Details

Categories in Markets: Origins and Evolution
Type: Book
ISBN: 978-0-85724-594-6

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Article
Publication date: 8 August 2016

Alex Byron Barker and Gary Winship

The purpose of this paper is to describe an exploratory pilot study to assess the methods used to evaluate an innovative programme of comedy workshops for a small cohort…

Abstract

Purpose

The purpose of this paper is to describe an exploratory pilot study to assess the methods used to evaluate an innovative programme of comedy workshops for a small cohort of people recovering from substance misuse problems. The comedy workshops involved participants working with a professional comedian to explore, develop, write and finally perform a stand-up comedy routine drawing from their own personal experiences.

Design/methodology/approach

The impact of the programme was gauged using questionnaires; the Warwick-Edinburgh Mental Well-being Scale, the Rosenberg Self-Esteem Scale, the General Self-Efficacy, Scale and the Life Orientation Test-Revised and Eco-Mapping Tool.

Findings

Ten participants began the programme with four participants following through to public performance at an evening showcase event. The quantitative measures showed favourable results on three positive outcome measures; psychological well-being, self-esteem and self-efficacy. Participant’s number of social relationships and strength of relationships decreased following the intervention, however, relationships were more mutual and were characterized by less conflict following the workshop.

Research limitations/implications

The small sample limits generalization of this study, but the methods for data collection were found to be feasible. Preliminary findings suggest that the workshops have a positive impact on recovery.

Originality/value

This paper describes an evaluation of an innovative programme of comedy workshops for people recovering from substance abuse problems. The preliminary findings point to a new hypothesis about recovery, that successful recovery might be characterized by a smaller social network, with stronger mutual bonds.

Details

Mental Health and Social Inclusion, vol. 20 no. 3
Type: Research Article
ISSN: 2042-8308

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Article
Publication date: 17 June 2021

Jonida Carungu and Matteo Molinari

This paper explores the stereotype of the accountant in Florentine medieval popular culture based on literary works and from a historical perspective. It aims to highlight…

Abstract

Purpose

This paper explores the stereotype of the accountant in Florentine medieval popular culture based on literary works and from a historical perspective. It aims to highlight how stereotypes change with time and represent the cultural and historical evolution of a society. This research challenges Miley and Read (2012), who stated that the foundation of the stereotype was in Commedia dell'arte, an Italian form of improvisational theatre commenced in the 15th century.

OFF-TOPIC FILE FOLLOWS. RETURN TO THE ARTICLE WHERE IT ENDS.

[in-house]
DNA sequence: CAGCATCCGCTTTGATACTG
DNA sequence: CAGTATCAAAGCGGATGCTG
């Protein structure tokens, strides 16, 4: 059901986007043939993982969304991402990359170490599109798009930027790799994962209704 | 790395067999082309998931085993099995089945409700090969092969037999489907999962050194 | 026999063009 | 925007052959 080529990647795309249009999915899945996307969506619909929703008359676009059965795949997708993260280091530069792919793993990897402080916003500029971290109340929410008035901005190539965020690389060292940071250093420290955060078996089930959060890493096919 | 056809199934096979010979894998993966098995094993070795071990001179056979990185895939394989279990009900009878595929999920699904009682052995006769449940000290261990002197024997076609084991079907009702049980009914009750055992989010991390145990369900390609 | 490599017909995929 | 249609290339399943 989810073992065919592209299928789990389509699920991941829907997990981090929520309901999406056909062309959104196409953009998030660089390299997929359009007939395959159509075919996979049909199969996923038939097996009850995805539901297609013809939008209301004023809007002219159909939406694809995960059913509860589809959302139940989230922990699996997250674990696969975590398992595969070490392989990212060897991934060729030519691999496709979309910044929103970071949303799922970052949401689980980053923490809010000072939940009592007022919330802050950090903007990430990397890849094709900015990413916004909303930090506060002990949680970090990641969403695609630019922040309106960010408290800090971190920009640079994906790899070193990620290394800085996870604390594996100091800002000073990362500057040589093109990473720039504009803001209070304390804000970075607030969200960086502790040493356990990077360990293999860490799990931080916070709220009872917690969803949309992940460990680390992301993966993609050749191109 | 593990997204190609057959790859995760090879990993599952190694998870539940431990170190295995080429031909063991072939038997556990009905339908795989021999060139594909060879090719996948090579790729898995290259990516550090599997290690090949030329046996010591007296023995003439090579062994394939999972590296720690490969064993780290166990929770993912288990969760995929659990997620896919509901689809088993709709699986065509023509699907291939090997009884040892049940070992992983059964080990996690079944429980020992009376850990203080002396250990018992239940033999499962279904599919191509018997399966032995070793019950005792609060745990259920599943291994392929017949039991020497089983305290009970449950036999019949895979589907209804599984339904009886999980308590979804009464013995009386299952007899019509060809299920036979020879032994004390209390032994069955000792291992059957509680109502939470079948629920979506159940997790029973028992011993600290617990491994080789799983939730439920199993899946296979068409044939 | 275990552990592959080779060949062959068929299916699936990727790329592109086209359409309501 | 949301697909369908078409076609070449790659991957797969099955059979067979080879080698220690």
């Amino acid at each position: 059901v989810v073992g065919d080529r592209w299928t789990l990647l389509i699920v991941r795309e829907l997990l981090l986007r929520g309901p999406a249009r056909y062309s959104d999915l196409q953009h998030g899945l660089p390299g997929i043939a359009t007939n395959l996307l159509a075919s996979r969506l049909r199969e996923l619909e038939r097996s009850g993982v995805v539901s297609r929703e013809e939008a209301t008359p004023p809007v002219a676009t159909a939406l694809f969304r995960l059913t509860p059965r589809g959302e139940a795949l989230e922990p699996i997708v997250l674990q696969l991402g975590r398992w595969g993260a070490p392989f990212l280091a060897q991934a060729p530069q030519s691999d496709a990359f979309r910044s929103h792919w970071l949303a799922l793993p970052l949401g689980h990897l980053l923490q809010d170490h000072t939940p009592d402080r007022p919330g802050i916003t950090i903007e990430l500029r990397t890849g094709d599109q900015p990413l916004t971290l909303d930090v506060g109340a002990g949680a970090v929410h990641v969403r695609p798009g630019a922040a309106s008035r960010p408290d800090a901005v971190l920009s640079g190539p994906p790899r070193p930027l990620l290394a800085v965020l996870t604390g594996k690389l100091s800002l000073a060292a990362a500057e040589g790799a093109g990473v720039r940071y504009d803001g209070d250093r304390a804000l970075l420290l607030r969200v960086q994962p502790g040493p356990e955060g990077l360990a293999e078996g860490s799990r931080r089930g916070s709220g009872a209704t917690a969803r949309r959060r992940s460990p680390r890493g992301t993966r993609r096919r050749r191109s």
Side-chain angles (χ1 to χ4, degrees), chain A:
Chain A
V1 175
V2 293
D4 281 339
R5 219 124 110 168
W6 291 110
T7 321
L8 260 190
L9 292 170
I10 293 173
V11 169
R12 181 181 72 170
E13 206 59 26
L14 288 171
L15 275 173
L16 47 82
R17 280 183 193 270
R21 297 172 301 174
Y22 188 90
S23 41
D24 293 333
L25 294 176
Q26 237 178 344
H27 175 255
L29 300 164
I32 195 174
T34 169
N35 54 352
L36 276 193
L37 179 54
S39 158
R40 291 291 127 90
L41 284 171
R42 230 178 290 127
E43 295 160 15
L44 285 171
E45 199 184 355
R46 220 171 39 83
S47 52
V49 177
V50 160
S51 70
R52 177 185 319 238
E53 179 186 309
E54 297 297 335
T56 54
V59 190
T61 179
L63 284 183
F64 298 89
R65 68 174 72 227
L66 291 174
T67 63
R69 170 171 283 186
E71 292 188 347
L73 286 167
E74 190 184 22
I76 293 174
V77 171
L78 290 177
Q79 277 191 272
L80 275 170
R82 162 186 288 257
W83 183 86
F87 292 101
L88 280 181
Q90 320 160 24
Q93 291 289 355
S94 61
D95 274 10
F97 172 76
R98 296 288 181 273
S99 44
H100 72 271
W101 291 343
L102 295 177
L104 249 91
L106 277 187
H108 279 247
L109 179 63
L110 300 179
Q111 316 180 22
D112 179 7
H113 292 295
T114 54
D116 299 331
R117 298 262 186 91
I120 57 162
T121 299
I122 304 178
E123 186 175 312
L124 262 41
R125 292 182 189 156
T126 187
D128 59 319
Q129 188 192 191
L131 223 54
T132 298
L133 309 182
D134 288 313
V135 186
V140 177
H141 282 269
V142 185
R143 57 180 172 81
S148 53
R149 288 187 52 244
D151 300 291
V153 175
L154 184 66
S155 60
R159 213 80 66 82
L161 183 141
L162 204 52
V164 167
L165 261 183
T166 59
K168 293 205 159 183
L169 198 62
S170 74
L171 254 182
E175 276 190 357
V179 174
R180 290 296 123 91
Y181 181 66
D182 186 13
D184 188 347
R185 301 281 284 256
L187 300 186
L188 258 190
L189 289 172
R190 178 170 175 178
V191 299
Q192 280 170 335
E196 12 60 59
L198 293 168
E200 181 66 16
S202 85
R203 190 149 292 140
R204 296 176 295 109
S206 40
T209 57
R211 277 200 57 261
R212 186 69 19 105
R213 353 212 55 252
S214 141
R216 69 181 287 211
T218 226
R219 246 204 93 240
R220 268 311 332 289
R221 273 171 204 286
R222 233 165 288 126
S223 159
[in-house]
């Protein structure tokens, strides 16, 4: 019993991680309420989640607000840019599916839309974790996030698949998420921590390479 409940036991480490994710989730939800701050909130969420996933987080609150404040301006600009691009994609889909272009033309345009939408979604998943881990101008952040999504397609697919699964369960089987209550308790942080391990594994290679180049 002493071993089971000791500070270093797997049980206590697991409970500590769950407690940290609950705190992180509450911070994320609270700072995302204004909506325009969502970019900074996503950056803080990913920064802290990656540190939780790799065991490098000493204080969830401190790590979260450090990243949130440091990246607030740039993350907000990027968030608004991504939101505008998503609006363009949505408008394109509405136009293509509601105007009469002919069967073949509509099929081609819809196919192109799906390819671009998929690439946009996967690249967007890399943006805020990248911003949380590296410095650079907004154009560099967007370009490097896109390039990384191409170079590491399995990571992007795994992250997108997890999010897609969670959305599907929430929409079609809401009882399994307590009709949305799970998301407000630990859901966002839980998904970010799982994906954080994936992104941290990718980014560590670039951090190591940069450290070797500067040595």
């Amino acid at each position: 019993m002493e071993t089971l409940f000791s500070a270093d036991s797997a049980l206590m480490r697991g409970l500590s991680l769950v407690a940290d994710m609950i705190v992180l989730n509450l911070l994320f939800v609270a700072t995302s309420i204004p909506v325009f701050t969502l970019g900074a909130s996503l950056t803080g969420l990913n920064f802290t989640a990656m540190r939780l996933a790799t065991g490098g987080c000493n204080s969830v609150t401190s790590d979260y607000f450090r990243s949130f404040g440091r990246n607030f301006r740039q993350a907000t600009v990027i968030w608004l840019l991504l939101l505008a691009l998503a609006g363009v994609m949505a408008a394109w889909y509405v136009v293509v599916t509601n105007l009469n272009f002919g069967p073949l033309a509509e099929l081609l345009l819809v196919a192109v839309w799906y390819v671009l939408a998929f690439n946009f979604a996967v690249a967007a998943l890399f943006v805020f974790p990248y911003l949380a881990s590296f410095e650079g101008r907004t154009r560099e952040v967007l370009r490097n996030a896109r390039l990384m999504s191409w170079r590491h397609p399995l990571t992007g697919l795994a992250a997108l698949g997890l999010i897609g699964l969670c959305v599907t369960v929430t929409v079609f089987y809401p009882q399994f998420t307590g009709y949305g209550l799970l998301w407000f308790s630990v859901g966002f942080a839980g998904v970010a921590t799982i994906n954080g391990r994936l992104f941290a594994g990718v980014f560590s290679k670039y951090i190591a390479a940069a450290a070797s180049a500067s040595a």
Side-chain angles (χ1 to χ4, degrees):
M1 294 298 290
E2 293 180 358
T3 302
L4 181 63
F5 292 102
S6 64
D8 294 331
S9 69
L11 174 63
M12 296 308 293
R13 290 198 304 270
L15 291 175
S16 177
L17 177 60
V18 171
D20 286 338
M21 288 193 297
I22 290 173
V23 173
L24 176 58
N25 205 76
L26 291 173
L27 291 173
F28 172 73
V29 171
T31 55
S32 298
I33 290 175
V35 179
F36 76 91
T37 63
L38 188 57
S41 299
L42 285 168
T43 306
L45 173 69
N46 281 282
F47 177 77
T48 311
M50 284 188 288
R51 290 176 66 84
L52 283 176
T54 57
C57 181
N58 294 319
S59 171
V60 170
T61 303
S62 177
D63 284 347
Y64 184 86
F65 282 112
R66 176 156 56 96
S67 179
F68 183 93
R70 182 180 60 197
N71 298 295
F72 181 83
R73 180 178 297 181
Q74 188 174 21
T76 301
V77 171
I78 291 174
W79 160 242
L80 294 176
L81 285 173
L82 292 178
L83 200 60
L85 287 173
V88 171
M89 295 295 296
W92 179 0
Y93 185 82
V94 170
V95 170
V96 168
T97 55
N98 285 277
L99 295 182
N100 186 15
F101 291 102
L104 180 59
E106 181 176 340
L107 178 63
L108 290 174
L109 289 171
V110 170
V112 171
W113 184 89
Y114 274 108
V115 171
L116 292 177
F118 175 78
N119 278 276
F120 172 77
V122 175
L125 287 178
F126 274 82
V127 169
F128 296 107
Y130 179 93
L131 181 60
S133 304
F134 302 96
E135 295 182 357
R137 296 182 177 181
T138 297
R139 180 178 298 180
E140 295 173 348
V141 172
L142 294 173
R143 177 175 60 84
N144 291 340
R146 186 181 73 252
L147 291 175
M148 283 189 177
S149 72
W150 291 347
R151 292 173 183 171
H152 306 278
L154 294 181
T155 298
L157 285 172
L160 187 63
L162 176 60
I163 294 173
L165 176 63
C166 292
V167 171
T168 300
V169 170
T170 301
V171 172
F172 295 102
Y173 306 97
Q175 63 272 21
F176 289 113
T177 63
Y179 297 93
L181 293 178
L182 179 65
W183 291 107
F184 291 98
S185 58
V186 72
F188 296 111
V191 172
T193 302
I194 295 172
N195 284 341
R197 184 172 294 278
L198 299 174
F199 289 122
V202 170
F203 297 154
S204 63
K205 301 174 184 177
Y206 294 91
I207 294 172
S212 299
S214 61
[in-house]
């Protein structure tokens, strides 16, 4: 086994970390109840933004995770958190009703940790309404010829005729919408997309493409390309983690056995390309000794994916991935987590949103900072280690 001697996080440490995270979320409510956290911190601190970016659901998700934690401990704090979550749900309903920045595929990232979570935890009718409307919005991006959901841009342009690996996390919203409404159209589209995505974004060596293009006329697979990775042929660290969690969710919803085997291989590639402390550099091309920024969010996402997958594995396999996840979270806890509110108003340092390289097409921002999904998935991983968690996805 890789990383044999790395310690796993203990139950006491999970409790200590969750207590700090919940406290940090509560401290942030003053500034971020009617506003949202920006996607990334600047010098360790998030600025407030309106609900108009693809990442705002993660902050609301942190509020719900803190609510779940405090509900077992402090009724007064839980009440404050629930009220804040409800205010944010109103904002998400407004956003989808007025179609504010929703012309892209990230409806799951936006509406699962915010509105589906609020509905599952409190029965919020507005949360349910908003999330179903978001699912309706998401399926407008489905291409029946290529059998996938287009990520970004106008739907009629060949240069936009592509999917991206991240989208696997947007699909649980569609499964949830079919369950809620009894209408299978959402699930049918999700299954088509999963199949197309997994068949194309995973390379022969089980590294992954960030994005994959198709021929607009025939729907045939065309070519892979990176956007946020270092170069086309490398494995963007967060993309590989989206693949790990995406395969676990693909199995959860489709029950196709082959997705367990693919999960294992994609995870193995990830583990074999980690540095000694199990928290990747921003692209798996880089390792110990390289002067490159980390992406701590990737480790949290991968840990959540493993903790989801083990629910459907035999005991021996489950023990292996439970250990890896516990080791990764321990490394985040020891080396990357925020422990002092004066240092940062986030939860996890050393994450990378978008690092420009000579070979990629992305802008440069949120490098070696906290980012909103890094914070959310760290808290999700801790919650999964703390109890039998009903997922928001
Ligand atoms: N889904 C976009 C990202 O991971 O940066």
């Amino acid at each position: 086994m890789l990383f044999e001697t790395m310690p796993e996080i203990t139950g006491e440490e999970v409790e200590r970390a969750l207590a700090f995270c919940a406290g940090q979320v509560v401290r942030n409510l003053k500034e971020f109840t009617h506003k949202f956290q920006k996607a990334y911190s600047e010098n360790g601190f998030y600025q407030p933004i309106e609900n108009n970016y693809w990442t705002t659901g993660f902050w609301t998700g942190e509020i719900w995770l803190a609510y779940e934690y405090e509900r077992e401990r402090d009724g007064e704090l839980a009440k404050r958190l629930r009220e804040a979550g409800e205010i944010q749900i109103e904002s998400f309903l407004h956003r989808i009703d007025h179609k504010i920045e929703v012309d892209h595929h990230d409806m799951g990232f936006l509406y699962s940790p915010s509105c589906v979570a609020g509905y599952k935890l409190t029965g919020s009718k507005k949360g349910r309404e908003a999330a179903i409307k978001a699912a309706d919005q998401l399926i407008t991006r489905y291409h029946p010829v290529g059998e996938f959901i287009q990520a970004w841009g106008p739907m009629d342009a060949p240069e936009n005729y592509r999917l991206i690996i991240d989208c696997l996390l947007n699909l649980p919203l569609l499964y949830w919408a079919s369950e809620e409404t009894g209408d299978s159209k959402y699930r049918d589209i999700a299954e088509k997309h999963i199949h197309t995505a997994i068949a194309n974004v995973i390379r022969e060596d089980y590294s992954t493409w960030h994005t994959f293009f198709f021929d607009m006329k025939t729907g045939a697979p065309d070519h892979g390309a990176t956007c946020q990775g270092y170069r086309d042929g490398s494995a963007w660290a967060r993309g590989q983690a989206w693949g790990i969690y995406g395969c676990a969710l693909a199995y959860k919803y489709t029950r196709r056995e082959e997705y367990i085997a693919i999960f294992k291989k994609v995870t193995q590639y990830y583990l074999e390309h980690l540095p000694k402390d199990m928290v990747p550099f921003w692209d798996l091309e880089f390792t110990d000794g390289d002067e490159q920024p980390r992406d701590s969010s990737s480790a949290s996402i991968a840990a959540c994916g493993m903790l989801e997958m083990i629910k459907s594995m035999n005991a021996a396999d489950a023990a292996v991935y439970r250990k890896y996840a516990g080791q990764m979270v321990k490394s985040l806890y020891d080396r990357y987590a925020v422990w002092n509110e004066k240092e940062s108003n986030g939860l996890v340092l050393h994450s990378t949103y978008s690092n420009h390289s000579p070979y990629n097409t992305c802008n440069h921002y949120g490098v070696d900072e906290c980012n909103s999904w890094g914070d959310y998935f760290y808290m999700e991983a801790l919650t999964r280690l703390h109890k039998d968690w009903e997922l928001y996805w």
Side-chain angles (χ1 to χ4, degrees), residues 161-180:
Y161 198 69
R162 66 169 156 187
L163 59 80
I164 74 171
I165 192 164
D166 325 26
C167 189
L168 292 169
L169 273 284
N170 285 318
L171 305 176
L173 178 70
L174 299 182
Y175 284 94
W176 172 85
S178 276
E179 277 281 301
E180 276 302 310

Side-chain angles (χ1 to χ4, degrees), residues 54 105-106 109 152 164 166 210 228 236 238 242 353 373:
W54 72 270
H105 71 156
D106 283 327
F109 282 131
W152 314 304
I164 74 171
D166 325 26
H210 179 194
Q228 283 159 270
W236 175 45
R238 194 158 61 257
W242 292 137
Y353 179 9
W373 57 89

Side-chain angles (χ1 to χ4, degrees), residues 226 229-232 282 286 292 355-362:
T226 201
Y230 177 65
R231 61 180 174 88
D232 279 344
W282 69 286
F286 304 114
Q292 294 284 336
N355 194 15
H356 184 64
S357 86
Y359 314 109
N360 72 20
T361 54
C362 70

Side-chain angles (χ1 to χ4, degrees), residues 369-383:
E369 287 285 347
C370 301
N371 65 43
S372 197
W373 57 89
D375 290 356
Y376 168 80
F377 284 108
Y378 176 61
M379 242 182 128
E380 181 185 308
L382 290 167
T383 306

Design/methodology/approach

The authors applied a qualitative research method to examine the accountant from a medieval popular culture perspective. The analysis consists of two phases: (1) categorisation of the accountant stereotype based on accounting history literature and (2) thematic analysis of The Divine Comedy (1307–1313) and The Decameron (1348–1351). The authors explored a synchronic perspective of historical investigation through a “cross-author” comparison, identifying Dante Alighieri as the first key author of medieval popular culture. During his imaginary journey through The Divine Comedy, Dante describes the social, political and economic context of the Florentine people of the 14th century. Then, with its various folkloristic elements, The Decameron of Giovanni Boccaccio becomes the “manifesto” of the popular culture in the Florentine medieval times.

Findings

This study shows the change of the accountant stereotype from the medieval age to the Renaissance. The Divine Comedy mainly connotes a negative accountant stereotype. The 14th century's Florentine gentlemen (“i galantuomini”) are apparently positive characters, with an ordered and clean aspect, but they are accused of being usurers. Dante Alighieri pictures the accountant as a “servant of capitalism”, “dishonest person, excessively fixated with money”, “villain and evil” and “excessively rational”. Giovanni Boccaccio mainly portrays a positive accountant stereotype. The accountant is increasingly more reliable, and this “commercial man” takes a more prestigious role in the society. In The Decameron, the accountant is depicted as a “hero”, “gentleman”, “family-oriented person with a high level of work commitment” and “colourful persona, warm, and emotional”. Overall, the authors provided new evidence on the existence of the accountant stereotype in the Florentine medieval popular.

Originality/value

This study engages with accounting history literature accountants' stereotypes in an unexplored context and time period, providing a base for comparative international research on accounting stereotypes and popular culture. Additionally, it addresses the need for further research on the accountant stereotype based on literary works and from a historical perspective. Therefore, this research also expands the New Accounting History (NAH) literature, focussing on the investigation of the accountant stereotype connotations in the 14th century.

Details

Accounting, Auditing & Accountability Journal, vol. ahead-of-print no. ahead-of-print
Type: Research Article
ISSN: 0951-3574